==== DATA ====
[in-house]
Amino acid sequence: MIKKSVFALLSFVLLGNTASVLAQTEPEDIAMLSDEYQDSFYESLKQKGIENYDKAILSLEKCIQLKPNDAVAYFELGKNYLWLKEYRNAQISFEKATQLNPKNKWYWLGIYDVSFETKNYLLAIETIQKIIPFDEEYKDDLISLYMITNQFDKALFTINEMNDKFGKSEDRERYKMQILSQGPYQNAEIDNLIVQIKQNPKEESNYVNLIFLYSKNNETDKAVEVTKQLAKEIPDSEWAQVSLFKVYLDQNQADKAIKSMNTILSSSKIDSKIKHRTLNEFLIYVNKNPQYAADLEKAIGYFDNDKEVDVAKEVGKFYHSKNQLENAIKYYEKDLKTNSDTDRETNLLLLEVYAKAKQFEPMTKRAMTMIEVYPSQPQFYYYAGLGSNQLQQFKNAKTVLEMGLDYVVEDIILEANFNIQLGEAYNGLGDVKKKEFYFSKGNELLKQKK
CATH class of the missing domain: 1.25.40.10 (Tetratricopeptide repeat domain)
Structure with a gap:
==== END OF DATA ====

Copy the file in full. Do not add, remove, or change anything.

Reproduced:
[in-house]
Amino acid sequence: MIKKSVFALLSFVLLGNTASVLAQTEPEDIAMLSDEYQDSFYESLKQKGIENYDKAILSLEKCIQLKPNDAVAYFELGKNYLWLKEYRNAQISFEKATQLNPKNKWYWLGIYDVSFETKNYLLAIETIQKIIPFDEEYKDDLISLYMITNQFDKALFTINEMNDKFGKSEDRERYKMQILSQGPYQNAEIDNLIVQIKQNPKEESNYVNLIFLYSKNNETDKAVEVTKQLAKEIPDSEWAQVSLFKVYLDQNQADKAIKSMNTILSSSKIDSKIKHRTLNEFLIYVNKNPQYAADLEKAIGYFDNDKEVDVAKEVGKFYHSKNQLENAIKYYEKDLKTNSDTDRETNLLLLEVYAKAKQFEPMTKRAMTMIEVYPSQPQFYYYAGLGSNQLQQFKNAKTVLEMGLDYVVEDIILEANFNIQLGEAYNGLGDVKKKEFYFSKGNELLKQKK
CATH class of the missing domain: 1.25.40.10 (Tetratricopeptide repeat domain)
Structure with a gap: